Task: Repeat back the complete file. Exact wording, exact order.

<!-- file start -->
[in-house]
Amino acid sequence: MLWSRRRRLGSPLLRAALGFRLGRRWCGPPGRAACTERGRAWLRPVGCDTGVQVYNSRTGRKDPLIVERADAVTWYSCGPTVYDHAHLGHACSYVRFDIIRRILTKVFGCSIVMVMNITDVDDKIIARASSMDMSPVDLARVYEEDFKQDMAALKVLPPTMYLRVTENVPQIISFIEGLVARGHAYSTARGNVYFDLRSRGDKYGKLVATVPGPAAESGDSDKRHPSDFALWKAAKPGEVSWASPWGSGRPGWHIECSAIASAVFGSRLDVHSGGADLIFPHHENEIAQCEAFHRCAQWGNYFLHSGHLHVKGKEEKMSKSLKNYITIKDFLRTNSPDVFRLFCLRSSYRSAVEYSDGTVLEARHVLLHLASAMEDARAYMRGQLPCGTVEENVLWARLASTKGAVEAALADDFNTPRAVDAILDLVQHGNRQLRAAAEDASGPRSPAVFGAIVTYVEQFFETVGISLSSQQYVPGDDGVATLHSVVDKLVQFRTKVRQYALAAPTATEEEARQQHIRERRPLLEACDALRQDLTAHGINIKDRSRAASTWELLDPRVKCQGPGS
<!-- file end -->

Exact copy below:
[in-house]
Amino acid sequence: MLWSRRRRLGSPLLRAALGFRLGRRWCGPPGRAACTERGRAWLRPVGCDTGVQVYNSRTGRKDPLIVERADAVTWYSCGPTVYDHAHLGHACSYVRFDIIRRILTKVFGCSIVMVMNITDVDDKIIARASSMDMSPVDLARVYEEDFKQDMAALKVLPPTMYLRVTENVPQIISFIEGLVARGHAYSTARGNVYFDLRSRGDKYGKLVATVPGPAAESGDSDKRHPSDFALWKAAKPGEVSWASPWGSGRPGWHIECSAIASAVFGSRLDVHSGGADLIFPHHENEIAQCEAFHRCAQWGNYFLHSGHLHVKGKEEKMSKSLKNYITIKDFLRTNSPDVFRLFCLRSSYRSAVEYSDGTVLEARHVLLHLASAMEDARAYMRGQLPCGTVEENVLWARLASTKGAVEAALADDFNTPRAVDAILDLVQHGNRQLRAAAEDASGPRSPAVFGAIVTYVEQFFETVGISLSSQQYVPGDDGVATLHSVVDKLVQFRTKVRQYALAAPTATEEEARQQHIRERRPLLEACDALRQDLTAHGINIKDRSRAASTWELLDPRVKCQGPGS